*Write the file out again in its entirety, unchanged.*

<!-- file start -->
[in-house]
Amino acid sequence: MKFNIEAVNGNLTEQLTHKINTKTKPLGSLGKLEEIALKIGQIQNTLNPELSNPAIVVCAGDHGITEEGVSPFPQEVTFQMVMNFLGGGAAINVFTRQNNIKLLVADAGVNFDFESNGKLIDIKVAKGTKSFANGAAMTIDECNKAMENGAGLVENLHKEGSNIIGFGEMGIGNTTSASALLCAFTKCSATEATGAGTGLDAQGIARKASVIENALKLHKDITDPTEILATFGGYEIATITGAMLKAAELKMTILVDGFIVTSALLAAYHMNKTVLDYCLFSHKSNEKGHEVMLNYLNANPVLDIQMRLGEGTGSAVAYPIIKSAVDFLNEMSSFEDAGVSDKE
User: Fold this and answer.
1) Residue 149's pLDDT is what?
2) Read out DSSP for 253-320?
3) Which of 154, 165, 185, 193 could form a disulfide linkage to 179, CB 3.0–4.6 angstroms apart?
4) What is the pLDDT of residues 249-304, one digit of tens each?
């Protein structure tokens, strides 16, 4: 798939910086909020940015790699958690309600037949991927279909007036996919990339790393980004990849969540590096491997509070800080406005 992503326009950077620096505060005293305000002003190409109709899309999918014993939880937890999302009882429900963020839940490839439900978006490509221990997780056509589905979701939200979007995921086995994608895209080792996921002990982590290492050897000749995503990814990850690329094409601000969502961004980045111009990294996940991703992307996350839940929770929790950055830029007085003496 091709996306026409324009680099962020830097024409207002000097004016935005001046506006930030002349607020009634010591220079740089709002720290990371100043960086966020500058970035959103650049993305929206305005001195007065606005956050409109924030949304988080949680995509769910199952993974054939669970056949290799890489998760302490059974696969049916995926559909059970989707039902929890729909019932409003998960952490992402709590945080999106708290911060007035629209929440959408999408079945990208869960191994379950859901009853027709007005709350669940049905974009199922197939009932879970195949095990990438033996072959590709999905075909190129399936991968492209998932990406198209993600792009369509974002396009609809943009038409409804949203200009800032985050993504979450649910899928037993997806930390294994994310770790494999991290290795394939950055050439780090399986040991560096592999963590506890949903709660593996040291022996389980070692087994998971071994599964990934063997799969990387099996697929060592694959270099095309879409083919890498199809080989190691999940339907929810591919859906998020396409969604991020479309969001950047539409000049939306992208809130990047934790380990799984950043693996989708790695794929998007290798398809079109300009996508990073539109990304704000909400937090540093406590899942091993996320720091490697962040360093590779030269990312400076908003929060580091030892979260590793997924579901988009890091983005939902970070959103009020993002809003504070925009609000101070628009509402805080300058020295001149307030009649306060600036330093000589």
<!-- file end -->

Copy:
[in-house]
Amino acid sequence: MKFNIEAVNGNLTEQLTHKINTKTKPLGSLGKLEEIALKIGQIQNTLNPELSNPAIVVCAGDHGITEEGVSPFPQEVTFQMVMNFLGGGAAINVFTRQNNIKLLVADAGVNFDFESNGKLIDIKVAKGTKSFANGAAMTIDECNKAMENGAGLVENLHKEGSNIIGFGEMGIGNTTSASALLCAFTKCSATEATGAGTGLDAQGIARKASVIENALKLHKDITDPTEILATFGGYEIATITGAMLKAAELKMTILVDGFIVTSALLAAYHMNKTVLDYCLFSHKSNEKGHEVMLNYLNANPVLDIQMRLGEGTGSAVAYPIIKSAVDFLNEMSSFEDAGVSDKE
User: Fold this and answer.
1) Residue 149's pLDDT is what?
2) Read out DSSP for 253-320?
3) Which of 154, 165, 185, 193 could form a disulfide linkage to 179, CB 3.0–4.6 angstroms apart?
4) What is the pLDDT of residues 249-304, one digit of tens each?
């Protein structure tokens, strides 16, 4: 798939910086909020940015790699958690309600037949991927279909007036996919990339790393980004990849969540590096491997509070800080406005 992503326009950077620096505060005293305000002003190409109709899309999918014993939880937890999302009882429900963020839940490839439900978006490509221990997780056509589905979701939200979007995921086995994608895209080792996921002990982590290492050897000749995503990814990850690329094409601000969502961004980045111009990294996940991703992307996350839940929770929790950055830029007085003496 091709996306026409324009680099962020830097024409207002000097004016935005001046506006930030002349607020009634010591220079740089709002720290990371100043960086966020500058970035959103650049993305929206305005001195007065606005956050409109924030949304988080949680995509769910199952993974054939669970056949290799890489998760302490059974696969049916995926559909059970989707039902929890729909019932409003998960952490992402709590945080999106708290911060007035629209929440959408999408079945990208869960191994379950859901009853027709007005709350669940049905974009199922197939009932879970195949095990990438033996072959590709999905075909190129399936991968492209998932990406198209993600792009369509974002396009609809943009038409409804949203200009800032985050993504979450649910899928037993997806930390294994994310770790494999991290290795394939950055050439780090399986040991560096592999963590506890949903709660593996040291022996389980070692087994998971071994599964990934063997799969990387099996697929060592694959270099095309879409083919890498199809080989190691999940339907929810591919859906998020396409969604991020479309969001950047539409000049939306992208809130990047934790380990799984950043693996989708790695794929998007290798398809079109300009996508990073539109990304704000909400937090540093406590899942091993996320720091490697962040360093590779030269990312400076908003929060580091030892979260590793997924579901988009890091983005939902970070959103009020993002809003504070925009609000101070628009509402805080300058020295001149307030009649306060600036330093000589």